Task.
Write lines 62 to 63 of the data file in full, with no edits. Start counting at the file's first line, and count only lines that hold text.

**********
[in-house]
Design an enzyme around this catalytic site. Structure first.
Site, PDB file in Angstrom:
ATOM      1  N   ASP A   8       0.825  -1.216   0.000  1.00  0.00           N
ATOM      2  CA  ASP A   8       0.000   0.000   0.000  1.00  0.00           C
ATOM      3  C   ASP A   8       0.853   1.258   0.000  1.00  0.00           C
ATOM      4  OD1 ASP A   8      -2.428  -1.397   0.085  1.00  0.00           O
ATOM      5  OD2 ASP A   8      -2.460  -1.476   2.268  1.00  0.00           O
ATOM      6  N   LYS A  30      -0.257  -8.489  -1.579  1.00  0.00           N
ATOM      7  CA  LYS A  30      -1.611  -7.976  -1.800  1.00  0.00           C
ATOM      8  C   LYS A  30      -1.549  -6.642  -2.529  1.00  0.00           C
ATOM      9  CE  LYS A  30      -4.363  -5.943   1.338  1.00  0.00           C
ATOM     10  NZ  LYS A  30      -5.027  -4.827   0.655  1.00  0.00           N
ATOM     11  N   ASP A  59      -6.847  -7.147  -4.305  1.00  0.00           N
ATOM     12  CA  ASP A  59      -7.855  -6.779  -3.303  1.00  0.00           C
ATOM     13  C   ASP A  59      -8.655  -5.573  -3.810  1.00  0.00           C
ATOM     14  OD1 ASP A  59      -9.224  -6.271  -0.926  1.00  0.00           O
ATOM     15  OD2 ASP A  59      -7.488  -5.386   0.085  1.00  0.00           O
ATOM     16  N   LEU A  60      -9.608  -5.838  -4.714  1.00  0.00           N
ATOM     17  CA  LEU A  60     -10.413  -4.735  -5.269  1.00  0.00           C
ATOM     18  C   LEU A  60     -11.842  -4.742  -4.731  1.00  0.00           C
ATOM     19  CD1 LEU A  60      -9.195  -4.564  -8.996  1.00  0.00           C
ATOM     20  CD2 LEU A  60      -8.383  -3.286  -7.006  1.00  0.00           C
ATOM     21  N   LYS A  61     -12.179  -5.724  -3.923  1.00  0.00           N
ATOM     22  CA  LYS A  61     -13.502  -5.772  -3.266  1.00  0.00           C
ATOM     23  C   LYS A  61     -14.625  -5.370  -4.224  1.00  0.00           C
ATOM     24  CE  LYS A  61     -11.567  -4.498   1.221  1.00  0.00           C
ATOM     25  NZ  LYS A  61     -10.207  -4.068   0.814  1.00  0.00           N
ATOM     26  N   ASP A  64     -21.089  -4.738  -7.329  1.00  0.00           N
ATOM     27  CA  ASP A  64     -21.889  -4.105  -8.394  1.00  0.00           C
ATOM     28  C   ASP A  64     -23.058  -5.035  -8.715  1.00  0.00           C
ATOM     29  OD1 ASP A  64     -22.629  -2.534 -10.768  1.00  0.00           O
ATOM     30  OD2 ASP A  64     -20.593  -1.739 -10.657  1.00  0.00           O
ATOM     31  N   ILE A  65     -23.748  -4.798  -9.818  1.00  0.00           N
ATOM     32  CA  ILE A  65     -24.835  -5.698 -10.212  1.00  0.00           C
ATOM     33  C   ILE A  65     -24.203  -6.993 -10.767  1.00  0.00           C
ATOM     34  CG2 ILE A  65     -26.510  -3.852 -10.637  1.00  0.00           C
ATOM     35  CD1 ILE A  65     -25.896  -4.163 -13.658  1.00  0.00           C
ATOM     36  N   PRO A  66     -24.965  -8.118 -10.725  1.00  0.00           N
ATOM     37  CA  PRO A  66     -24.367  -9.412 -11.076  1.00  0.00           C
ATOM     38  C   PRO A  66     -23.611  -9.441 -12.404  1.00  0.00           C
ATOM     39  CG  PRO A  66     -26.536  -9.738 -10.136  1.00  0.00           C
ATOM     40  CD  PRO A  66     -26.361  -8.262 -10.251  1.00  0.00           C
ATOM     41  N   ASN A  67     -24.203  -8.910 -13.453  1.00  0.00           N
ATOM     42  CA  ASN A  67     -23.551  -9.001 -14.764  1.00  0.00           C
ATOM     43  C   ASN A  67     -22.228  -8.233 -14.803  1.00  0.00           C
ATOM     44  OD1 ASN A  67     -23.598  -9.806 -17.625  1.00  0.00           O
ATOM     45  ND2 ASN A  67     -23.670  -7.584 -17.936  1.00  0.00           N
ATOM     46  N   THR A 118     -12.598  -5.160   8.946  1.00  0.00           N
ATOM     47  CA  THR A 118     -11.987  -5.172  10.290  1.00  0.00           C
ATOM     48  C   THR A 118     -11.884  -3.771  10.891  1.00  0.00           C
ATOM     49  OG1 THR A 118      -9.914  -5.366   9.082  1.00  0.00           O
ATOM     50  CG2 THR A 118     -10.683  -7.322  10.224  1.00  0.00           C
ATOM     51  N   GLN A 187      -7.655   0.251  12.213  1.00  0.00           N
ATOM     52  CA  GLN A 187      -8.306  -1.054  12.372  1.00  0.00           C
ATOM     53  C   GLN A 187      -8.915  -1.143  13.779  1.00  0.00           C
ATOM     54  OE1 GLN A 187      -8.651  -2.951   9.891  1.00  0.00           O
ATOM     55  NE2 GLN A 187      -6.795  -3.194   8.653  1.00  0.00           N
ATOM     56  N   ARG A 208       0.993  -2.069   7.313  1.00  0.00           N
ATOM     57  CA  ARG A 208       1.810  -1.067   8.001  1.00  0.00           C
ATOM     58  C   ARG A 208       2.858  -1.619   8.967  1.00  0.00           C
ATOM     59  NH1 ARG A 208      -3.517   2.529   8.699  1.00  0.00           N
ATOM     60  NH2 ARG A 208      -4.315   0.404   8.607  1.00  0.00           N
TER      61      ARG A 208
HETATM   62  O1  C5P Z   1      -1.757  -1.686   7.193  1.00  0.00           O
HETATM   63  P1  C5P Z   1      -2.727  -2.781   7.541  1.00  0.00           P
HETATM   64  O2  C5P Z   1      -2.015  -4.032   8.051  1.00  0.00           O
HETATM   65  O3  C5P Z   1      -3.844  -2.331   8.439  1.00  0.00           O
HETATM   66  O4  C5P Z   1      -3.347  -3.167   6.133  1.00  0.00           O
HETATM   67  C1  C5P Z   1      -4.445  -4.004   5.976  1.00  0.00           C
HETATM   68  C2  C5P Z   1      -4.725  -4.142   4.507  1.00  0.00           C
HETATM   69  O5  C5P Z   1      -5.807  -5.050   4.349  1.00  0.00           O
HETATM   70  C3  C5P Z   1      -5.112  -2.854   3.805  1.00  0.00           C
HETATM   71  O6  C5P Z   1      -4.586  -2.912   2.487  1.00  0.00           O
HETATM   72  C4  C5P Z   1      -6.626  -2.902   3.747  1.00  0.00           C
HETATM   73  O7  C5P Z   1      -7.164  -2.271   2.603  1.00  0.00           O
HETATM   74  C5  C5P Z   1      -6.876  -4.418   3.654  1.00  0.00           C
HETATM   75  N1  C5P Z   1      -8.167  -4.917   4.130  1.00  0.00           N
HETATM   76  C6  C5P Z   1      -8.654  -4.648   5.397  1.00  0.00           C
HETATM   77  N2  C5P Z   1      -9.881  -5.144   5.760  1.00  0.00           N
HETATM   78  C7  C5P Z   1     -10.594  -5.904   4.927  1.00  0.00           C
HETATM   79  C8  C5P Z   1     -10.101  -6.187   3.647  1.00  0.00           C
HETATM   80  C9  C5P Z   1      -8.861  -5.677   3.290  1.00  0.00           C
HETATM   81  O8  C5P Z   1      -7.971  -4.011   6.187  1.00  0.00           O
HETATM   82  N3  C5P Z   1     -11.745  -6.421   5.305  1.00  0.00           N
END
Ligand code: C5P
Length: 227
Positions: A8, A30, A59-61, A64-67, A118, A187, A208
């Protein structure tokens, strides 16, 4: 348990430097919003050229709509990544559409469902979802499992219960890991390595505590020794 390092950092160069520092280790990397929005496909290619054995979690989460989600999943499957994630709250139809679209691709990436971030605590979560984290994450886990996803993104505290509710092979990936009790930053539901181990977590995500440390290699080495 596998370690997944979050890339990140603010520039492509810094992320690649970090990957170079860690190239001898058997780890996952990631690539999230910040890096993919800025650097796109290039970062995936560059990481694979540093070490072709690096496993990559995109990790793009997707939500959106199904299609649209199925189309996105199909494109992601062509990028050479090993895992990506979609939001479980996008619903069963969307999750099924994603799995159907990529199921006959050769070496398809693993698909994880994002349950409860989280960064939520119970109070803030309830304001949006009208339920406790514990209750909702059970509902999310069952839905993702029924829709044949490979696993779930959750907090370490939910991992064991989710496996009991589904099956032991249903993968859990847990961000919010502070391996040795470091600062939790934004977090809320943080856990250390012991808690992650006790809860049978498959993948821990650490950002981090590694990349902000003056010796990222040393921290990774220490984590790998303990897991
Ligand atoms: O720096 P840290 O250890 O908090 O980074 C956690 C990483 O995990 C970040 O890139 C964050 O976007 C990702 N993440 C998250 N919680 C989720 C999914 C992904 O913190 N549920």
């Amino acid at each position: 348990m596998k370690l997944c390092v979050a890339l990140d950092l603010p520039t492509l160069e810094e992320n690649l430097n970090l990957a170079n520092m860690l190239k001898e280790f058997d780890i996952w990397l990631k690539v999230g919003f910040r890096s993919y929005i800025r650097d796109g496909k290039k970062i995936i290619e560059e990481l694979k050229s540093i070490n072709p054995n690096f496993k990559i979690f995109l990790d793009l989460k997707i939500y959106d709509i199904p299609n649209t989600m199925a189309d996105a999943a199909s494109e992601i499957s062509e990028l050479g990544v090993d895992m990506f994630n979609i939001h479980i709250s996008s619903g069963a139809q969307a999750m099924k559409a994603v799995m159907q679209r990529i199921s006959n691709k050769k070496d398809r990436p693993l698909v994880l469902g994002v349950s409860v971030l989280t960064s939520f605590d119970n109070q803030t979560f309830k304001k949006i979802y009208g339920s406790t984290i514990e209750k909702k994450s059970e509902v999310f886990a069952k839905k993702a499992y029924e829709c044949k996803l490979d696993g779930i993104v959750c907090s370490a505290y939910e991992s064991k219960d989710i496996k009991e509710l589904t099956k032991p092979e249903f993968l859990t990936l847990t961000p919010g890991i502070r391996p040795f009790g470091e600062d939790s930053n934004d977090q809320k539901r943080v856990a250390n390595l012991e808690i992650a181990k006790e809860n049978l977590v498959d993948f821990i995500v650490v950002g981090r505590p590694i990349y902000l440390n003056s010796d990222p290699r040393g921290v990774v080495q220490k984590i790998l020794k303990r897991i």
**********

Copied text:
ATOM     59  NH1 ARG A 208      -3.517   2.529   8.699  1.00  0.00           N
ATOM     60  NH2 ARG A 208      -4.315   0.404   8.607  1.00  0.00           N